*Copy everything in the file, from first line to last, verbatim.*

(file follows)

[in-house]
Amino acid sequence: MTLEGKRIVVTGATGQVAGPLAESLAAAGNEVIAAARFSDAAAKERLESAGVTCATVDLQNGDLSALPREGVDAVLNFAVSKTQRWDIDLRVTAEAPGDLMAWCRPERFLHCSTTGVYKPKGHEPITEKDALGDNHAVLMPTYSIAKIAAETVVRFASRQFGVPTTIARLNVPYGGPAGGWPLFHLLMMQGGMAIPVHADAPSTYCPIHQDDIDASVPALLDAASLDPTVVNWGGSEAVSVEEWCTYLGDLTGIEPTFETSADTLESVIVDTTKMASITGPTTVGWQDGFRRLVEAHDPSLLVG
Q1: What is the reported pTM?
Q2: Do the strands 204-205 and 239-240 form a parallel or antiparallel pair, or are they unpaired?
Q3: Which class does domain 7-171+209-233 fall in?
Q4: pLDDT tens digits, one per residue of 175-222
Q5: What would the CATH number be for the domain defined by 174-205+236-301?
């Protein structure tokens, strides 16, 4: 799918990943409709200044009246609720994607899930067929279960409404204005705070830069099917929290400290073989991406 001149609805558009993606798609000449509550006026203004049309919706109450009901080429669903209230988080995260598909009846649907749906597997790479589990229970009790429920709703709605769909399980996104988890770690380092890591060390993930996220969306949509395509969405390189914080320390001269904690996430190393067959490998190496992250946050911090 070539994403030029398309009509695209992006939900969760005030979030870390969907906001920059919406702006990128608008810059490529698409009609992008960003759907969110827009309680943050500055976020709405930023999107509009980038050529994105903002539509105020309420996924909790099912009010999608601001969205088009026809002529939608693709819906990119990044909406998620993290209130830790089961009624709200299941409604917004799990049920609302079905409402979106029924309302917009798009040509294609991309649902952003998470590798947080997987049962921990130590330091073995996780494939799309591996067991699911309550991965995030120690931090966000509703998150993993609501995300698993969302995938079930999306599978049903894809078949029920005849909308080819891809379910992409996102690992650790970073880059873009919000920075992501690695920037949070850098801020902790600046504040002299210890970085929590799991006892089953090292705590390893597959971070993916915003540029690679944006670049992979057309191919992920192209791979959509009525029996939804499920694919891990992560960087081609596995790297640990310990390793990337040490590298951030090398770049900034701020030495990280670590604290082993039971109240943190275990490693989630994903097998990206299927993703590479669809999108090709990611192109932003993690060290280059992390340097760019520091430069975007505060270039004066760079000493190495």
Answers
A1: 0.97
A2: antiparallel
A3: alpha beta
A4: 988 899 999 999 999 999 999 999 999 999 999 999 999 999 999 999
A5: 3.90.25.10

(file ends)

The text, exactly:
[in-house]
Amino acid sequence: MTLEGKRIVVTGATGQVAGPLAESLAAAGNEVIAAARFSDAAAKERLESAGVTCATVDLQNGDLSALPREGVDAVLNFAVSKTQRWDIDLRVTAEAPGDLMAWCRPERFLHCSTTGVYKPKGHEPITEKDALGDNHAVLMPTYSIAKIAAETVVRFASRQFGVPTTIARLNVPYGGPAGGWPLFHLLMMQGGMAIPVHADAPSTYCPIHQDDIDASVPALLDAASLDPTVVNWGGSEAVSVEEWCTYLGDLTGIEPTFETSADTLESVIVDTTKMASITGPTTVGWQDGFRRLVEAHDPSLLVG
Q1: What is the reported pTM?
Q2: Do the strands 204-205 and 239-240 form a parallel or antiparallel pair, or are they unpaired?
Q3: Which class does domain 7-171+209-233 fall in?
Q4: pLDDT tens digits, one per residue of 175-222
Q5: What would the CATH number be for the domain defined by 174-205+236-301?
């Protein structure tokens, strides 16, 4: 799918990943409709200044009246609720994607899930067929279960409404204005705070830069099917929290400290073989991406 001149609805558009993606798609000449509550006026203004049309919706109450009901080429669903209230988080995260598909009846649907749906597997790479589990229970009790429920709703709605769909399980996104988890770690380092890591060390993930996220969306949509395509969405390189914080320390001269904690996430190393067959490998190496992250946050911090 070539994403030029398309009509695209992006939900969760005030979030870390969907906001920059919406702006990128608008810059490529698409009609992008960003759907969110827009309680943050500055976020709405930023999107509009980038050529994105903002539509105020309420996924909790099912009010999608601001969205088009026809002529939608693709819906990119990044909406998620993290209130830790089961009624709200299941409604917004799990049920609302079905409402979106029924309302917009798009040509294609991309649902952003998470590798947080997987049962921990130590330091073995996780494939799309591996067991699911309550991965995030120690931090966000509703998150993993609501995300698993969302995938079930999306599978049903894809078949029920005849909308080819891809379910992409996102690992650790970073880059873009919000920075992501690695920037949070850098801020902790600046504040002299210890970085929590799991006892089953090292705590390893597959971070993916915003540029690679944006670049992979057309191919992920192209791979959509009525029996939804499920694919891990992560960087081609596995790297640990310990390793990337040490590298951030090398770049900034701020030495990280670590604290082993039971109240943190275990490693989630994903097998990206299927993703590479669809999108090709990611192109932003993690060290280059992390340097760019520091430069975007505060270039004066760079000493190495």
Answers
A1: 0.97
A2: antiparallel
A3: alpha beta
A4: 988 899 999 999 999 999 999 999 999 999 999 999 999 999 999 999
A5: 3.90.25.10